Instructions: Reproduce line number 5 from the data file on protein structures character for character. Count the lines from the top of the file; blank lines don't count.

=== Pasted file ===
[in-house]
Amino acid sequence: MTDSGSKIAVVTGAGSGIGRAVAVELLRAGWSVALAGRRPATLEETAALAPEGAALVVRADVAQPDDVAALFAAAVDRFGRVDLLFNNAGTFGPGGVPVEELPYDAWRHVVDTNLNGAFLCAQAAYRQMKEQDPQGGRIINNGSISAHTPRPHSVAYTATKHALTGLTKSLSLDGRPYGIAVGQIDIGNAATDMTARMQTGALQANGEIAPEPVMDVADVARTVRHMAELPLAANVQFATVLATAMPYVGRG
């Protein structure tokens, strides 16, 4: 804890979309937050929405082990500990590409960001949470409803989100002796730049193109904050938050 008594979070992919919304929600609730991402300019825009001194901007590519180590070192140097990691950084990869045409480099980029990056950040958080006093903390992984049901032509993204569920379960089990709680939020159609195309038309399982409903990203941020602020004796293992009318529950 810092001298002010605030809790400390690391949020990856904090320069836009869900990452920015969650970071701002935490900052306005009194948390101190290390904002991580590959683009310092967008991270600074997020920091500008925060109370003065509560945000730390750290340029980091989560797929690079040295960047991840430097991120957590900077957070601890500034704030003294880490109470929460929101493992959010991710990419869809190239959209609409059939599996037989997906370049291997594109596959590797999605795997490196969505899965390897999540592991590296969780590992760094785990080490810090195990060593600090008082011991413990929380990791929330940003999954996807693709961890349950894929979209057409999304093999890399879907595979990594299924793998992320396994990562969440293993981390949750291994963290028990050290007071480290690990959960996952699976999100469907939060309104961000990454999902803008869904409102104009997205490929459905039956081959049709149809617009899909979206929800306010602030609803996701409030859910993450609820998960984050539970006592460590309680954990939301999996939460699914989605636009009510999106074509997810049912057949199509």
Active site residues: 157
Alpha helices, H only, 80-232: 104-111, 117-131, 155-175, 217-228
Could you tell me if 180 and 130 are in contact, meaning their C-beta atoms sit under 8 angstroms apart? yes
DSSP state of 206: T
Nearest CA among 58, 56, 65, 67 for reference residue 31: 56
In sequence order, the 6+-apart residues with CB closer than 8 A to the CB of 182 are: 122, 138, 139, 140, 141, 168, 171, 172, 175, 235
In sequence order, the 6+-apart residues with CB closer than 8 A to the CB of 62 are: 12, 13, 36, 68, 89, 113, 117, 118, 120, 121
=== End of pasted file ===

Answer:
Alpha helices, H only, 80-232: 104-111, 117-131, 155-175, 217-228